The book itself is incredible. At first my eyes kind of glazed over at the mention of battle particulars (a common failing of mine) but I soon got used to the pace of the novel: the battle details are mentioned to set the scene for you, so that you, who never lived through anything resembling World War II, can have an idea of the scope of the devastation. Once I got through that, I realized that Edsel is talented like Erik Larson at telling a non-fiction tale in the style of a novel. He introduces us to real-life people that sound like storybook heroes and villains, from the always impeccable George Stout, to the bull-dog like James Rorimer, the quiet brilliance of Rose Valland, and the immense bulk and self-serving ego of Hermann Goering.

We follow these men (and one woman) as they make their way through Europe, trying to save as many historic monuments as possible. We feel the pain of history lost at Saint-Lo where the whole town is basically levelled; the frustration as the Brugges Madonna slips through their fingers again; the elation upon their discovery of hundreds of famous paintings hoarded in one place.

The book is full of interesting tidbits that are sure to come in handy next time you play Trivial Pursuit. For instance, the word salary comes from the salt that was paid to Roman legionnaires since, at the time salt was the basis of all life. Or that the Nazis pillaged hundreds of private collections and stored hundreds of them in the fairy tale castle, Neuschwanstein.

I loved this book and now I can’t wait to see the movie. The work these men did to save hundreds of years of cultural history is an enormous gift to humanity and I’m glad that they are finally getting some recognition.

I leave you with the movie trailer in the hopes that it inspires you to search out the book. Also – a little George Clooney or Matt Damon never did anyone any harm.


I Changed My Mind: Books I’m Excited About This Season

Remember the other day when I was all “waaaaaa, there are no new books out this fall that I want to read!”?

Turns out I just needed to pull my head out of my a$$ and go to a book store.

I was in the habit of going to bookstores fairly regularly, opening my wallet and my arms to a number of books. But then I got engaged (woot woot!) and started spending more time at the library in the hopes of saving enough pennies to put towards things like flowers and photographers.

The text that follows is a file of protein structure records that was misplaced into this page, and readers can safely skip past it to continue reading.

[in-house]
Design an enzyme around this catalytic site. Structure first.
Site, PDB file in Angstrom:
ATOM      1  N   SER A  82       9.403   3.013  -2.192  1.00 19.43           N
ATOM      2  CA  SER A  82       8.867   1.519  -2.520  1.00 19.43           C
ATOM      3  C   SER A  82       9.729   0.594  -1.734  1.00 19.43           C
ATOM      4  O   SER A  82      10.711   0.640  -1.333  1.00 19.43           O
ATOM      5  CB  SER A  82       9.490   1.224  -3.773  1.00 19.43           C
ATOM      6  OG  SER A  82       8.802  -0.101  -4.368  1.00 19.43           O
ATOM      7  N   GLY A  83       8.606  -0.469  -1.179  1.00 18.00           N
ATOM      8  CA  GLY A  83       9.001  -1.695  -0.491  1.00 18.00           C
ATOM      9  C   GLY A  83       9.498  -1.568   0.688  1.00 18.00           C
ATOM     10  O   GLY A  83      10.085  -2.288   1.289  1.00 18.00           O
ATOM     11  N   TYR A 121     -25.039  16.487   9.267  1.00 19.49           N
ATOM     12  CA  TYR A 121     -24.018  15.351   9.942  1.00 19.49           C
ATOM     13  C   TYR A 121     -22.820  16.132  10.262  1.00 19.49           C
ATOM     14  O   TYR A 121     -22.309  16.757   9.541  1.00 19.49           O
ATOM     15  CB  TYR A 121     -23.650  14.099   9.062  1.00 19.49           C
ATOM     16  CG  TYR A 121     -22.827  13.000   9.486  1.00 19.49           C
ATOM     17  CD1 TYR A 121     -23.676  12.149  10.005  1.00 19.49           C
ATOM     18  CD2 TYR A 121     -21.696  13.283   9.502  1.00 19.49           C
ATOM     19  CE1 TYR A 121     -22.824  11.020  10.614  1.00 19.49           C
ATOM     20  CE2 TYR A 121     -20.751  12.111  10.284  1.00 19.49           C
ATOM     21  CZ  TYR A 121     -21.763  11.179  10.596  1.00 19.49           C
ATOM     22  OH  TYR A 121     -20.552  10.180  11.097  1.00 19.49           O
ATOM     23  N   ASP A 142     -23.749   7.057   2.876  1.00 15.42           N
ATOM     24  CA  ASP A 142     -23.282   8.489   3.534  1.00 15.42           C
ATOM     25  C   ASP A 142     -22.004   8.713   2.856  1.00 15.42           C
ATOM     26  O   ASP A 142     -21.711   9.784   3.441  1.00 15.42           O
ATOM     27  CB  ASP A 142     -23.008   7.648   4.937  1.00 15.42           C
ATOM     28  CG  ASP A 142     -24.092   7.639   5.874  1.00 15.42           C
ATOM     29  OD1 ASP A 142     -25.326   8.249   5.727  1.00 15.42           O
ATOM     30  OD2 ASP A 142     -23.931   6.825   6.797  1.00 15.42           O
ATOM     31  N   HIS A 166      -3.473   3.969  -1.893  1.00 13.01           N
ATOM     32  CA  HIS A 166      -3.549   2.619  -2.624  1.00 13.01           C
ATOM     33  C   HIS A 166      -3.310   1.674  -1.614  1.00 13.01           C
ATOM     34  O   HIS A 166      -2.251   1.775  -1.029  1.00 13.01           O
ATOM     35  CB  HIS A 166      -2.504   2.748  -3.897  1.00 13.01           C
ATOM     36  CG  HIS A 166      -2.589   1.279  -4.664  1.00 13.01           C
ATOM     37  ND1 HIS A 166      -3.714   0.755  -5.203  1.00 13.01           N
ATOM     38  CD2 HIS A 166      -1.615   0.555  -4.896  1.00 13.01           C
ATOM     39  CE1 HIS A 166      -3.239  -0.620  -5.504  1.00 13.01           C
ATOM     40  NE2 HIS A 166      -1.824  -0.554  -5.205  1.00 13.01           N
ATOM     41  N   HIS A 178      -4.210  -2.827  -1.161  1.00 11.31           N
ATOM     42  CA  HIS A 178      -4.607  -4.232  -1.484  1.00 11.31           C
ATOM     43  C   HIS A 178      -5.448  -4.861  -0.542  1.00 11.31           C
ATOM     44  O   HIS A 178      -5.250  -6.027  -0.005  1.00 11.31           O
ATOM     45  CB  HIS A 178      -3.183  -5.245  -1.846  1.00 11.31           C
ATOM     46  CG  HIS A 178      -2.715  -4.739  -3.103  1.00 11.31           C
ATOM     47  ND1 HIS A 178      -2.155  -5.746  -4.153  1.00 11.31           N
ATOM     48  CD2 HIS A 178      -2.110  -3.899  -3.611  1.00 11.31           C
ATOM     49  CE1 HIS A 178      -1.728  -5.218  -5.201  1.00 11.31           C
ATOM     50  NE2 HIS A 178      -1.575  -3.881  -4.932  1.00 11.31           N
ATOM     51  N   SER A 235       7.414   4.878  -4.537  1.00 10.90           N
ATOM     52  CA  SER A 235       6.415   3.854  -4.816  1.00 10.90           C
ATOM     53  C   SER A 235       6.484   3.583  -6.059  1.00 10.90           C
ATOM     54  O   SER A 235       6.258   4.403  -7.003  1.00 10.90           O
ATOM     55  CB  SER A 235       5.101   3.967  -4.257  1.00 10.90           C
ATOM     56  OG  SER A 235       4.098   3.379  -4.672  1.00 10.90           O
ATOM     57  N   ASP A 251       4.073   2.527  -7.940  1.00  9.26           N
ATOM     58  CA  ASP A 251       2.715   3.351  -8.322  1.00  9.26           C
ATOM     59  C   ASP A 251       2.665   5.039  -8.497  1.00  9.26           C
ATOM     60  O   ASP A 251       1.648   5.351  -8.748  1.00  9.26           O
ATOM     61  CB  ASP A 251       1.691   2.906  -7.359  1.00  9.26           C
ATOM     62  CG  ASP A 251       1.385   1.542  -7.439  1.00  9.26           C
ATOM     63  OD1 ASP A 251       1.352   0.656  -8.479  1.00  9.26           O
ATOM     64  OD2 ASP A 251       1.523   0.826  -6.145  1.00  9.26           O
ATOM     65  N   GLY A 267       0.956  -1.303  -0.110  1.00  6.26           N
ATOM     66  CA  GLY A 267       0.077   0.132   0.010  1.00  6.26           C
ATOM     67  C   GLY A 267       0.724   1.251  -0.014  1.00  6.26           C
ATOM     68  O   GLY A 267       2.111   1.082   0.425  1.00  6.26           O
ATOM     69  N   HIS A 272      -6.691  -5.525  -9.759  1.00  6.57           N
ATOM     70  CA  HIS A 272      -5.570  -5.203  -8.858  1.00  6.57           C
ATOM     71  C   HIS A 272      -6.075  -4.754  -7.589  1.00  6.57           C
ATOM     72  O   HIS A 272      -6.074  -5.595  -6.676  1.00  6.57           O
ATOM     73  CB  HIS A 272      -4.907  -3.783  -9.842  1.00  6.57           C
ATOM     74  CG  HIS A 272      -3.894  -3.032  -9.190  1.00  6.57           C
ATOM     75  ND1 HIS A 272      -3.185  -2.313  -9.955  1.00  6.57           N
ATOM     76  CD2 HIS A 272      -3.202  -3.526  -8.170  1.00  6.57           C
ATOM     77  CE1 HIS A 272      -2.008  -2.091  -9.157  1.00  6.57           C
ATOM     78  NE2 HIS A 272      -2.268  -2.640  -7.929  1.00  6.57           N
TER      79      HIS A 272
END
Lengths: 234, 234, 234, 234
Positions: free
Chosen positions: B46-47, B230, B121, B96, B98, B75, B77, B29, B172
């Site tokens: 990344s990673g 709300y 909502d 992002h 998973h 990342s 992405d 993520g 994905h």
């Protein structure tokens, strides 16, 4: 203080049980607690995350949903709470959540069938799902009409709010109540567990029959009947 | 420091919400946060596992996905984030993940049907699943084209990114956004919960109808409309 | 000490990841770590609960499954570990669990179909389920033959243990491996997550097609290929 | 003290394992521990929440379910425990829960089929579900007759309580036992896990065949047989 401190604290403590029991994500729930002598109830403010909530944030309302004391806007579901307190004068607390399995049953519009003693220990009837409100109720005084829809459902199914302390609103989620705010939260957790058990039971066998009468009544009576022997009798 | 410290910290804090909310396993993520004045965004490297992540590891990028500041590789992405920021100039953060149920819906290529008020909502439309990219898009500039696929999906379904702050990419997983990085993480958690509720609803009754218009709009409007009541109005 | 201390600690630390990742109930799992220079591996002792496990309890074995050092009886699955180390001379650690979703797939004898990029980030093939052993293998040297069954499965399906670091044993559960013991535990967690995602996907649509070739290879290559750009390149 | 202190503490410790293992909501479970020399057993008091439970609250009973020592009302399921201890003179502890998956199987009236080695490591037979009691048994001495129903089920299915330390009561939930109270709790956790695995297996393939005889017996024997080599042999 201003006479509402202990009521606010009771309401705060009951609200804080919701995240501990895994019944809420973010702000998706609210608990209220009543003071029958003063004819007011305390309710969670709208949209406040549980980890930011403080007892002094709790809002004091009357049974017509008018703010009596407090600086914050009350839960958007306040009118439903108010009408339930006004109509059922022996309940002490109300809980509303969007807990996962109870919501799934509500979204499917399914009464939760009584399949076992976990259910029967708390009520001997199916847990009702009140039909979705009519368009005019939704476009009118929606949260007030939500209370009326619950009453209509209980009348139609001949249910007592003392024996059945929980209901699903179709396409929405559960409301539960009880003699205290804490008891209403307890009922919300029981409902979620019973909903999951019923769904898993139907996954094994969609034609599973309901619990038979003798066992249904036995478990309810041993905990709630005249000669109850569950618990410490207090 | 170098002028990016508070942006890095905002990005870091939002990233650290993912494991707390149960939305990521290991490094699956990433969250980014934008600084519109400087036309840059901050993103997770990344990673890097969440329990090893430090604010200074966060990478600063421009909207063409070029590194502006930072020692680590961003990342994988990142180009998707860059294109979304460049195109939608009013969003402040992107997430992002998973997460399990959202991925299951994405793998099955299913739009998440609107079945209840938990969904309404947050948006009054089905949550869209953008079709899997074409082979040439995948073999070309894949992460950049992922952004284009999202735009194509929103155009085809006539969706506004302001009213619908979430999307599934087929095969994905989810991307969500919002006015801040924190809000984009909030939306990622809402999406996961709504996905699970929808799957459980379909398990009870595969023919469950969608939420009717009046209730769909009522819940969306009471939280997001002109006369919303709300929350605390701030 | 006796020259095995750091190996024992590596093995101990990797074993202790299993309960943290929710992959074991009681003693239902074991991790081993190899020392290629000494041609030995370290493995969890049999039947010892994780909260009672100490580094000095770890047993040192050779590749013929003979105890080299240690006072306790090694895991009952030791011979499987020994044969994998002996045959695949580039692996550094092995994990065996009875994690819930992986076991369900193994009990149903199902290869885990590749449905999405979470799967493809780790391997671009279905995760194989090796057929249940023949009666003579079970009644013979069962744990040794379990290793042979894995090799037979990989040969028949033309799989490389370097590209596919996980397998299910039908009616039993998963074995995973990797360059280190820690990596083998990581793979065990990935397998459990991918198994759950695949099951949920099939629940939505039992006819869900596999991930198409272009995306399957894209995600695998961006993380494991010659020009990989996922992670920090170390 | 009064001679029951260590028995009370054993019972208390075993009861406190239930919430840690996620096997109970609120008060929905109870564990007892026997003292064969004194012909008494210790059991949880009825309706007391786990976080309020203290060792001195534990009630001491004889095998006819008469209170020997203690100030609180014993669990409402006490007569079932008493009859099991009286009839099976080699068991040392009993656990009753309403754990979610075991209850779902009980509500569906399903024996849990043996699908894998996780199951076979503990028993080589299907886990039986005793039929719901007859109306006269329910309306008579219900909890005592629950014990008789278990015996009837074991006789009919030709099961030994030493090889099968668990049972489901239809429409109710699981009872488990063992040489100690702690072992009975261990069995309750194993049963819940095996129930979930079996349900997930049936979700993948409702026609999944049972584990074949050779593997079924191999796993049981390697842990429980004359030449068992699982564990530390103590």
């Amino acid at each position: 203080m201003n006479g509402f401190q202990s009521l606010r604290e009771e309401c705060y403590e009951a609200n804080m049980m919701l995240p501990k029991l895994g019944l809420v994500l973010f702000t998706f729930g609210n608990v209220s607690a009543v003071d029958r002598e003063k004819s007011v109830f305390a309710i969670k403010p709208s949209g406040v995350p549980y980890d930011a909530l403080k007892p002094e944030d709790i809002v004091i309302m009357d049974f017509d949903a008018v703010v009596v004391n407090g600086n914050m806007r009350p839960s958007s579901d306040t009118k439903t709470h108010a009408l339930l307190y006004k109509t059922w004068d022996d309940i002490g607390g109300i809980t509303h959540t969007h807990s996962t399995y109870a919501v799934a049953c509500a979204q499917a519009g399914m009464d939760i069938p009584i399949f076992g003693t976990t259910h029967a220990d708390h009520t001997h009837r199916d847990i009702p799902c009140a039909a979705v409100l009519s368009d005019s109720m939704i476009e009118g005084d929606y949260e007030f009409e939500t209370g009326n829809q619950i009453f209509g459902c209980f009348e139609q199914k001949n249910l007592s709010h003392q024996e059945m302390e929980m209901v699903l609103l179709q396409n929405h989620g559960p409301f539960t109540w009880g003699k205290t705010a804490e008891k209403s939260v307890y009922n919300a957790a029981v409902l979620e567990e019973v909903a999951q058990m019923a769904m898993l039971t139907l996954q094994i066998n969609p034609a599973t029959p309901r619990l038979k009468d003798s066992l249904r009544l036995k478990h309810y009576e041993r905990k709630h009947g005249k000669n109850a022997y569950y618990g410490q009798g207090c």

The one drawback with going to the library is that the titles on hand aren’t always the freshest.

So imagine my surprise (and delight) when I found myself in a bookstore the other night, surrounded by new books that I want to read!

And the hits keep coming because this week I’ve been hearing about so many other great sounding books I want. I guess the difference this season is that the books aren’t by authors that I already love.

So here’s a rundown of the books that I’m most looking forward to reading soon.

Longbourn by Jo Baker. I’m pretty sure this book combines my love of Pride and Prejudice and Downton Abbey and I cannot think of anything more perfect book-wise right now. The story of Elizabeth and Darcy, Jane and Bingley, and Lydia from the perspective of gossipy servants? I’m in.

Hitler’s Furies: German Women in the Nazi Killing Fields by Wendy Lower. I have a fascination with Hitler and the Third Reich. I can’t help it – I know it’s twisted. But one thing that’s not often discussed in books about Hitler or the Third Reich is the role of women in the Third Reich. Not the “undesirables” or those women that helped the Nazis to save themselves, but the women that were a part of it all. The ones that actively participated in the solution to the “Jewish Problem.” Wendy Lower finally addresses it and I’m looking forward to reading about them.

The Circle by Dave Eggers. Aside from the fact that this book has a beautiful cover, there’s been a lot of buzz about this one – I’ve even heard it described as our generation’s 1984. Which is saying something. The premise of a young woman working for the world’s biggest internet company (think Facebook or twitter) and coming face to face with the reality of that much information and power in one place, really appeals to that part of me that grew into adulthood with social media dogging every footstep.

Thunderstruck by Erik Larson. Here’s one of my favourite authors that I didn’t know had a new book out. I loved The Devil in the White City and adored In the Garden of Beasts so I’ve unknowingly been waiting for his new book. Guglielmo Marconi’s telegraph changed the way we communicated but evidently he also played an important role in one of the biggest manhunts in history. Larson is an unparalleled story teller. His tales are true, but you always forget that you’re not reading a novel, such is his talent.